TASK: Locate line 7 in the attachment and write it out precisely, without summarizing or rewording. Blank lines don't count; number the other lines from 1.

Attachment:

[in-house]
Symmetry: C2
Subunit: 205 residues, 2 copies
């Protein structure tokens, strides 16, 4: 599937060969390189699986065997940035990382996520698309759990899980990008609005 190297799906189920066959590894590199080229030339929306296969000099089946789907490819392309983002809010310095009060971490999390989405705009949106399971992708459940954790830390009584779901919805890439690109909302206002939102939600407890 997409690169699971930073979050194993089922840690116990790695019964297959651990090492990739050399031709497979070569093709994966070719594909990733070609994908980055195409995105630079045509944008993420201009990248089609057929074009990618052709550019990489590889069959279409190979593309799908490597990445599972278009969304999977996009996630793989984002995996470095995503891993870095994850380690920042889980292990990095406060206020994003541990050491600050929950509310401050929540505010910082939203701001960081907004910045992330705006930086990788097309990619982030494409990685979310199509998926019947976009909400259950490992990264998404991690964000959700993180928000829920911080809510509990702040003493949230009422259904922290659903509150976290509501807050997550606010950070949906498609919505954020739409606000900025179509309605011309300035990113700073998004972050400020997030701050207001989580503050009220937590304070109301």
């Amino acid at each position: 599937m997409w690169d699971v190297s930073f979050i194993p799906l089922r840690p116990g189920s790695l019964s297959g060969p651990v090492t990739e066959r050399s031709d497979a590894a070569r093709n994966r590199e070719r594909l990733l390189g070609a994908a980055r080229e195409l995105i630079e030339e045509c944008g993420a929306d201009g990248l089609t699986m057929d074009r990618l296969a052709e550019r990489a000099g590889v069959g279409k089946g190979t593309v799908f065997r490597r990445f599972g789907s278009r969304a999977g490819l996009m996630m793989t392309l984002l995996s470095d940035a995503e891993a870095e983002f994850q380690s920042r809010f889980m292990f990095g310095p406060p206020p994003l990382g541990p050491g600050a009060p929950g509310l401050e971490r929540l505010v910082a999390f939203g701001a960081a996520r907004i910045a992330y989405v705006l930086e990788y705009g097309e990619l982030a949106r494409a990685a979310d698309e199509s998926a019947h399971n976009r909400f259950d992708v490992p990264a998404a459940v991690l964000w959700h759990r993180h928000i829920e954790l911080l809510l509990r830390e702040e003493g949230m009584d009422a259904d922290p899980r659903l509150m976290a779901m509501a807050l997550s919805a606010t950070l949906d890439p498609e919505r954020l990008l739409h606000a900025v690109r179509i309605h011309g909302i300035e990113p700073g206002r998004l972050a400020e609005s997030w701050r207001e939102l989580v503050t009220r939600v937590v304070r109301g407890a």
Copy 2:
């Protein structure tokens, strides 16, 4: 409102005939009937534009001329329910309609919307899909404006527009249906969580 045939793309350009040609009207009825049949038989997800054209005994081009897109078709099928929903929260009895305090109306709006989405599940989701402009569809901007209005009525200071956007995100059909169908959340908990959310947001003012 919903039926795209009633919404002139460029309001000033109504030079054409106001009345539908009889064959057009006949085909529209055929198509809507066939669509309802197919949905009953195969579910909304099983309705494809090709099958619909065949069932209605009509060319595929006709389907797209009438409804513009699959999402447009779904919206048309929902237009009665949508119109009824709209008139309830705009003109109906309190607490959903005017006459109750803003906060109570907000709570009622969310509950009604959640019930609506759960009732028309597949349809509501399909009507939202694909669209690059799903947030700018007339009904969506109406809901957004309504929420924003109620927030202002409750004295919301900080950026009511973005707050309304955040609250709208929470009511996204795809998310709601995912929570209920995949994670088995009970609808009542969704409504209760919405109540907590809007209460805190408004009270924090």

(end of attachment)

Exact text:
């Protein structure tokens, strides 16, 4: 409102005939009937534009001329329910309609919307899909404006527009249906969580 045939793309350009040609009207009825049949038989997800054209005994081009897109078709099928929903929260009895305090109306709006989405599940989701402009569809901007209005009525200071956007995100059909169908959340908990959310947001003012 919903039926795209009633919404002139460029309001000033109504030079054409106001009345539908009889064959057009006949085909529209055929198509809507066939669509309802197919949905009953195969579910909304099983309705494809090709099958619909065949069932209605009509060319595929006709389907797209009438409804513009699959999402447009779904919206048309929902237009009665949508119109009824709209008139309830705009003109109906309190607490959903005017006459109750803003906060109570907000709570009622969310509950009604959640019930609506759960009732028309597949349809509501399909009507939202694909669209690059799903947030700018007339009904969506109406809901957004309504929420924003109620927030202002409750004295919301900080950026009511973005707050309304955040609250709208929470009511996204795809998310709601995912929570209920995949994670088995009970609808009542969704409504209760919405109540907590809007209460805190408004009270924090």